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Nanocrystal Self-Assembly Assisted by Oriented Attachment.

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Highlights
DOI: 10.1002/anie.201006504
Crystal Growth
Nanocrystal Self-Assembly Assisted by Oriented
Attachment**
Rajesh K. Mallavajula and Lynden A. Archer*
crystal growth · nanomaterials · nanoparticles ·
oriented attachment · self-assembly
N
anoparticles with a spectrum of sizes, shapes, mass
distributions (e.g. hollow, rattle-type, core–shell particles),
and compositions are today routinely synthesized by a
growing set of techniques involving “wet chemistry”: sol–
gel, solvothermal, ionothermal, and soft- and hard-templating
approaches, to name a few.[1] The self- and/or directed
assembly of these nanoscale building blocks into purposeful,
organized superstructures with complex symmetries and
tunable functionality and properties is attractive for a host
of existing and emerging applications in biomedical diagnostics and sensing, electrical-energy storage, nanocomputing,
optoelectronics, photonics, photovoltaics, and gas purification. The spontaneous assembly of nanostructures is also of
fundamental scientific interest, as it offers uncountable
possibilities for the creation of metamaterials with properties
that rival those accessible from the assembly of atomic
building blocks.[2] It also enables direct exploration of the
interplay between all of the fundamental forces in condensed
matter. Over the last decade, a torrent of new results from
experiments,[3–6] as well as molecular-dynamics and Monte
Carlo computer simulations of repulsive or weakly attractive
particles,[4] have justified this interest by confirming that easyto-control variables, such as particle shape, magnetization,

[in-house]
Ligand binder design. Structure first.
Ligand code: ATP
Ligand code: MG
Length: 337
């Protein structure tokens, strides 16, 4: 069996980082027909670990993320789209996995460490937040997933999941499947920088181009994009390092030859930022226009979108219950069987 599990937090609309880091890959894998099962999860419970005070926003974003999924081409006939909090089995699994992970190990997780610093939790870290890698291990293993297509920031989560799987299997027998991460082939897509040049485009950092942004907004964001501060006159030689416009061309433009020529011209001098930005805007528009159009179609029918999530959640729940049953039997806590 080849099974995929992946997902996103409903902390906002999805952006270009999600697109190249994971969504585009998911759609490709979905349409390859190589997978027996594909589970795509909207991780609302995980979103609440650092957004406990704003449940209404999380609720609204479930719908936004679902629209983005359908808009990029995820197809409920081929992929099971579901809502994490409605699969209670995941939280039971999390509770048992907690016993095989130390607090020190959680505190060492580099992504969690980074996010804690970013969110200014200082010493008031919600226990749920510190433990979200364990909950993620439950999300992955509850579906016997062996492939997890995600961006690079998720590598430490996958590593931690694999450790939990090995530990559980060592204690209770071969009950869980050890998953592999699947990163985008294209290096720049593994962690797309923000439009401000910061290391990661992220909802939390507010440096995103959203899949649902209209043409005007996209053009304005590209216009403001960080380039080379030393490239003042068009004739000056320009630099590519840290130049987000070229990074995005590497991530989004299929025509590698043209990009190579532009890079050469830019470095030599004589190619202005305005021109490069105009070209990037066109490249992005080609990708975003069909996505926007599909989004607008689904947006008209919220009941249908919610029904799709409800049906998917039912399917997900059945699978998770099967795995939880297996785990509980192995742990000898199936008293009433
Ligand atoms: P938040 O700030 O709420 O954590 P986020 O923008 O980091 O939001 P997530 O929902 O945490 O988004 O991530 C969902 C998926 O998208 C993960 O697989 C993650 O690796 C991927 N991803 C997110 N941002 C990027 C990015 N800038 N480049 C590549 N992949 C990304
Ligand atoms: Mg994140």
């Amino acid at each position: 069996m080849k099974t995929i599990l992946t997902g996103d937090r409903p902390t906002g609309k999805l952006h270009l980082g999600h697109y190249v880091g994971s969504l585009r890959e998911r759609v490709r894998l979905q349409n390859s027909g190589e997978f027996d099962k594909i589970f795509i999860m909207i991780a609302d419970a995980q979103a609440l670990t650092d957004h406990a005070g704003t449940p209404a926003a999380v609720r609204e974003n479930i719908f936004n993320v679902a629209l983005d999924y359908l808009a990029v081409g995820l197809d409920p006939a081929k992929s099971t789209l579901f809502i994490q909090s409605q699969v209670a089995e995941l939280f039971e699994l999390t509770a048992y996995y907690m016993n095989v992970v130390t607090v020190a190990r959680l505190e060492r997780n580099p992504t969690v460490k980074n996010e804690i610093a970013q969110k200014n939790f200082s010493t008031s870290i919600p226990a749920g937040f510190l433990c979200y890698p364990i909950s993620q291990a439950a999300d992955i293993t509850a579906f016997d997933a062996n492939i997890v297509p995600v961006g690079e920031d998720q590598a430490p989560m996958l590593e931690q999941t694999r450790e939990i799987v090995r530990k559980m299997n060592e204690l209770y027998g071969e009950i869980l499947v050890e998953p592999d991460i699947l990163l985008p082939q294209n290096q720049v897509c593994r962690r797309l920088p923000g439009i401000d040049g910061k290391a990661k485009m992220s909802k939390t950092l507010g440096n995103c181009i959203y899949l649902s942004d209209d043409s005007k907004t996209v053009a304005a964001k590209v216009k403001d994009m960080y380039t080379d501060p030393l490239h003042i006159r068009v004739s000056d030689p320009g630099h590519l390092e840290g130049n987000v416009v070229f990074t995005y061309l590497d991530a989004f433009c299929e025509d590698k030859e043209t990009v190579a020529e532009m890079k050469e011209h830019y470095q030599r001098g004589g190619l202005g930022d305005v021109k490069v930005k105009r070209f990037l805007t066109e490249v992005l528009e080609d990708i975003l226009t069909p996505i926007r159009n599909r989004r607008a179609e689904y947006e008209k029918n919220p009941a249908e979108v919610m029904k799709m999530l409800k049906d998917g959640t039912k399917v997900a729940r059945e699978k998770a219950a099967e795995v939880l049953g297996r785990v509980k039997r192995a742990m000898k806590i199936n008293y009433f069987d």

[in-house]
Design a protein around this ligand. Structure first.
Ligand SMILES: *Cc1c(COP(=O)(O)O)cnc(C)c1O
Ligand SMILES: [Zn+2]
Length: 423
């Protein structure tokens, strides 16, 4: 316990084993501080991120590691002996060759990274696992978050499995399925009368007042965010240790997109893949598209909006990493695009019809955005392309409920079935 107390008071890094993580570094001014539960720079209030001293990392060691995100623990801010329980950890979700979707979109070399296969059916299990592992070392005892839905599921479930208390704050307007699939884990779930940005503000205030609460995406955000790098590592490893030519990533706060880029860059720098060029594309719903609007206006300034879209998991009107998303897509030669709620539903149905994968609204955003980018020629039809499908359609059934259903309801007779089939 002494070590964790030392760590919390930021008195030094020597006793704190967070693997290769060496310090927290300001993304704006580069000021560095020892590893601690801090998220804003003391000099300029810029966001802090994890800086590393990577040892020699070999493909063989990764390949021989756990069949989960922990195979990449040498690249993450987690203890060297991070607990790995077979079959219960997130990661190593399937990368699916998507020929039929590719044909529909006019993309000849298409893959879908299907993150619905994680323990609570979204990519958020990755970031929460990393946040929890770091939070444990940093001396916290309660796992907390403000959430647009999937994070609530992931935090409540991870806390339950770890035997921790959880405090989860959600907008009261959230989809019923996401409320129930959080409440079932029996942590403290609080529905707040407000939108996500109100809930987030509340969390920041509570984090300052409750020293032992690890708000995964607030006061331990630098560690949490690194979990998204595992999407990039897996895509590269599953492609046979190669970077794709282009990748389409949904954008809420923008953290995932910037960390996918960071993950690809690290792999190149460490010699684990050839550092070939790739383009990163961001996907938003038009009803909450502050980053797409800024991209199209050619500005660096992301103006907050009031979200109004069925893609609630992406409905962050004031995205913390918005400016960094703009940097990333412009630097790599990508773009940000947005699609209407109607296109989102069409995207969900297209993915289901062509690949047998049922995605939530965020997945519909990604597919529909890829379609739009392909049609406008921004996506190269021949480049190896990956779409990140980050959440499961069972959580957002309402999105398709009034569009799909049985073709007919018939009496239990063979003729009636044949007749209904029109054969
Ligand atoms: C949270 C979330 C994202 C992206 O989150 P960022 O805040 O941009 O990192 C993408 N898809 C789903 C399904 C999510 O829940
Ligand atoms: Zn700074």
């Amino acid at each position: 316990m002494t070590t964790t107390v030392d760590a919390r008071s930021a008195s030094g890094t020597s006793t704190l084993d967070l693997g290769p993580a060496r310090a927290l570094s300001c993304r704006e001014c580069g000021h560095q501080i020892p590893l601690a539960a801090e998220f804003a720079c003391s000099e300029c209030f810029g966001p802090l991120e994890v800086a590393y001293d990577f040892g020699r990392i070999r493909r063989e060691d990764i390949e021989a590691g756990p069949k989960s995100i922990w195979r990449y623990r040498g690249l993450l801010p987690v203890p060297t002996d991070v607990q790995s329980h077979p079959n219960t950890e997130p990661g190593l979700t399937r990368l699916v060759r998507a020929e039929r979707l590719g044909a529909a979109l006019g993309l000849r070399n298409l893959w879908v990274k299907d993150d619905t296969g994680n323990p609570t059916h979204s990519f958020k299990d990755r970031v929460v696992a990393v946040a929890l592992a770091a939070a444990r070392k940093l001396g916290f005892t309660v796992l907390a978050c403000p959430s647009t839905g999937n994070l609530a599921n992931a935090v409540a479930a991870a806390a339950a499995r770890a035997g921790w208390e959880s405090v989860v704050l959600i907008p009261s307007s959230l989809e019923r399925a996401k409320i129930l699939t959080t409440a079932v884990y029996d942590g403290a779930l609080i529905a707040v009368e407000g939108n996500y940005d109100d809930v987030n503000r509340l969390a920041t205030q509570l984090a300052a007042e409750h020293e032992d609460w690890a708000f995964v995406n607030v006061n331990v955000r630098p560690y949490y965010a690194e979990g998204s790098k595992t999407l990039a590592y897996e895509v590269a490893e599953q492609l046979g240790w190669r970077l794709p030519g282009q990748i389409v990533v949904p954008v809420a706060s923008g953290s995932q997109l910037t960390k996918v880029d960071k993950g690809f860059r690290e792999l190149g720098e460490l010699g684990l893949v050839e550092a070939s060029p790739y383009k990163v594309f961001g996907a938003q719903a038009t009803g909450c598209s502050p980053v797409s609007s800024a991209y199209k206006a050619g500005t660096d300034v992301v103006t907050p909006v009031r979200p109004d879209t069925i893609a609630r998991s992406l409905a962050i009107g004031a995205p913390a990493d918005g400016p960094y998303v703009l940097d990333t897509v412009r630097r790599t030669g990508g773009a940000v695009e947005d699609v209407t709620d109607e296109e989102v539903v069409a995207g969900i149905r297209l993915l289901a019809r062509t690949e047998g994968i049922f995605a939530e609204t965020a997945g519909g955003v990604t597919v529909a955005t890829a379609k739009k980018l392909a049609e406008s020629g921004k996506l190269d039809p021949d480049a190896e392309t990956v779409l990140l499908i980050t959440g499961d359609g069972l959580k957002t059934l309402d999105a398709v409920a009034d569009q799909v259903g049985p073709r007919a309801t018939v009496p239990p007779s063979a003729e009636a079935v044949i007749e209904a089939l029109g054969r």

symmetry, surface chemistry, and the concentration of
depletants, can be used to independently manipulate the
range and magnitude of interparticle forces that control
assembly.[5] Recent results from the epitaxial growth of films
even suggest that upon minor changes, rules that govern the
kinetics of the assembly of atoms may be applicable to
colloidal and nanoparticle building blocks.[6]
Self-assembly in a system of atoms, molecules, or particles
is guided by both entropic and enthalpic interactions; the
system spontaneously forms ordered phases to decrease its
[*] Prof. L. A. Archer
School of Chemical and Biomolecular Engineering
348 Olin Hall, Cornell University, Ithaca, NY 14853 (USA)
Fax: (+ 1) 607-255-9166
E-mail: laa25@cornell.edu
Homepage: http://www.cheme.cornell.edu/people/profile/
index.cfm?netid = laa25
R. K. Mallavajula
School of Chemical and Biomolecular Engineering
120 Olin Hall, Cornell University, Ithaca, NY 14853 (USA)
[**] We gratefully acknowledge support from the National Science
Foundation (DMR-1006323).
578
overall free energy. In dilute systems ordering comes at the
expense of translational and orientational entropy, and for it
to be maintained, long-range directional interactions are
typically required. Entropic interactions caused by particle
shape and excluded volume are important in assembly at a
high particle concentration, but are typically too small to
deflect random aggregation induced by short-range attractive
forces. On the other hand, because of the large number of
atoms that make up a nanoparticle, when two or more
particles approach each other within distances comparable to
the van der Waals radius (Rvdw AH A/48pa k T), enthalpic,
usually attractive, forces dominate. In this equation, AH is the
Hamaker coefficient, and A and a are the surface area and
radius of the particle, respectively. Large thermal forces (FT k T/a) acting on individual particles in suspension also ensure
that on average small particles approach each other in
randomly selected configurations. Thus, at the high particle
concentrations normally required for the assembly of coherent, ordered superstructures, these two effects conspire to
produce ensembles of kinetically trapped, disordered structures that bear little, if any, resemblance to the equilibrium
phases that minimize the system free energy. Fundamental
processes that produce selective ordering are therefore